San Antonio Proposed Ordinance Would Ban Pet Stores Sales From Dog Breeders

In San Antonio, a city ordinance is being proposed that would restrict dogs and cats from being sold in San Antonio pet stores. It isn’t placing restrictions on all pet sales, just those that come from breeders.

The City Council is planning on taking up the ordinance on October 29. Any pet store within the city limits could only sell dogs or cats they get through animal rescue organizations, animal control agencies, or county/city animal shelters.

If a pet store is in violation of the ordinance, the minimum penalty is between $100 and $500.

Those who support this measure see it as a way to stop “puppy mills” from getting a foothold in the industry. These large, commercial dog breeding businesses have often put profits above the care of animals.

Puppy mills are often a means for breeders to keep animals in unsanitary and cruel conditions. The puppies are taken from the mother too early and then are shipped to outside states. Once they arrive in another state, they will often get a very high price per animal.

The going market rate for a new puppy is currently between $2500 and $3000, according to Royal Pet Palace owner Jessica Loven, as KSAT reported.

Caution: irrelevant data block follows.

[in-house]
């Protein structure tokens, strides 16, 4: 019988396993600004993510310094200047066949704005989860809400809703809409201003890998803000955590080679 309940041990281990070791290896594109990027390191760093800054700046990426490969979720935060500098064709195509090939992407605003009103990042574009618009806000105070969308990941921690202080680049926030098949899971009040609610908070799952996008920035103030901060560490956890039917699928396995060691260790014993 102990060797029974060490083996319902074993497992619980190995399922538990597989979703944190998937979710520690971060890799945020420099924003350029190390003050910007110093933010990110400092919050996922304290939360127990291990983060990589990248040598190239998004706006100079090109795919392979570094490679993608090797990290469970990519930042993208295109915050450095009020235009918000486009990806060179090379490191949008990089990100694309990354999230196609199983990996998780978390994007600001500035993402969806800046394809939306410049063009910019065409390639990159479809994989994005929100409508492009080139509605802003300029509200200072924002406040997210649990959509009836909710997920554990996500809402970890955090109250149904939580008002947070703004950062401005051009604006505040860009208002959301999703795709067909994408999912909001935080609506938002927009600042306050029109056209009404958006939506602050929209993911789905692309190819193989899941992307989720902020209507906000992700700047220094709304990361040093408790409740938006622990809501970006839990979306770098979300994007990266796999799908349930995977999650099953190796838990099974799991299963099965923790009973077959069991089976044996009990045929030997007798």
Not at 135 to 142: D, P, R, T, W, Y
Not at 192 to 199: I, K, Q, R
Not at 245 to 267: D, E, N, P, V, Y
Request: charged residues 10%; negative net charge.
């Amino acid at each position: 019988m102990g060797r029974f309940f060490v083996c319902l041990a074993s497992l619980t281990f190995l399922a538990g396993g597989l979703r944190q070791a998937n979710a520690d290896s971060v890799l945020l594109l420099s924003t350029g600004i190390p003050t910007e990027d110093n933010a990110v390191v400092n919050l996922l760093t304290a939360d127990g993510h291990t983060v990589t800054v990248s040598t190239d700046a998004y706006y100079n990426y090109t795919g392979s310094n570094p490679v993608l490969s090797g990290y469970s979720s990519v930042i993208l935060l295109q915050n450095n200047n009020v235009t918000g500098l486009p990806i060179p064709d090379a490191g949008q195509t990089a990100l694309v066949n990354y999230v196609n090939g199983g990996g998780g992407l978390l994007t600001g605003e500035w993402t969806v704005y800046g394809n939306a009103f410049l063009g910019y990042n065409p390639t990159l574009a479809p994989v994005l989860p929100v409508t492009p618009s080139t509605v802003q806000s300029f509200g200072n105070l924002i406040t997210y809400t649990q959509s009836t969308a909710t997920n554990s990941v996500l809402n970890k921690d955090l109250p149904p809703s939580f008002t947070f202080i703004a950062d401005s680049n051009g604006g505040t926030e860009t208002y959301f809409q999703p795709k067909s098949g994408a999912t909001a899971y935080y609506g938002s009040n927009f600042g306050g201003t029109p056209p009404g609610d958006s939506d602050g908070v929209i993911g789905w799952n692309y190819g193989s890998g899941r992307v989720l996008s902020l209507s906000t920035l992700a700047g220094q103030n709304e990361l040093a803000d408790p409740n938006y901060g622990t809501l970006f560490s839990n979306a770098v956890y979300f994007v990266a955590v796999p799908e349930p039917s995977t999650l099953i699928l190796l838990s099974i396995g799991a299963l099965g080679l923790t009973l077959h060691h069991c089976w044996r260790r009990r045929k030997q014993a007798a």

Loven does use breeders from a number of states, as well as pet brokers. She said that it is not possible to change her business model to fit the new requirements. She also defends the quality of breeders she chooses.

That is why she is considering moving outside of the city limits or moving to a new location altogether. KSAT shared that she said: “It’s not necessarily going to get rid of us, but it’s just going to move us outside of the city limit.”

According to the news outlet, CS Director Heber Lefgren said, the city isn’t opposed to breeding practices that are considered to be humane. As he says, breeders will continue to breed but they have to follow humane practices and get the proper permits, whether for selling or breeding puppies.

At this time, the city code requires a “litter permit” before a litter is born. They must also have a “seller’s permit” if they plan on selling at least one animal. If a violation occurs in either area, the city code requires sterilization.

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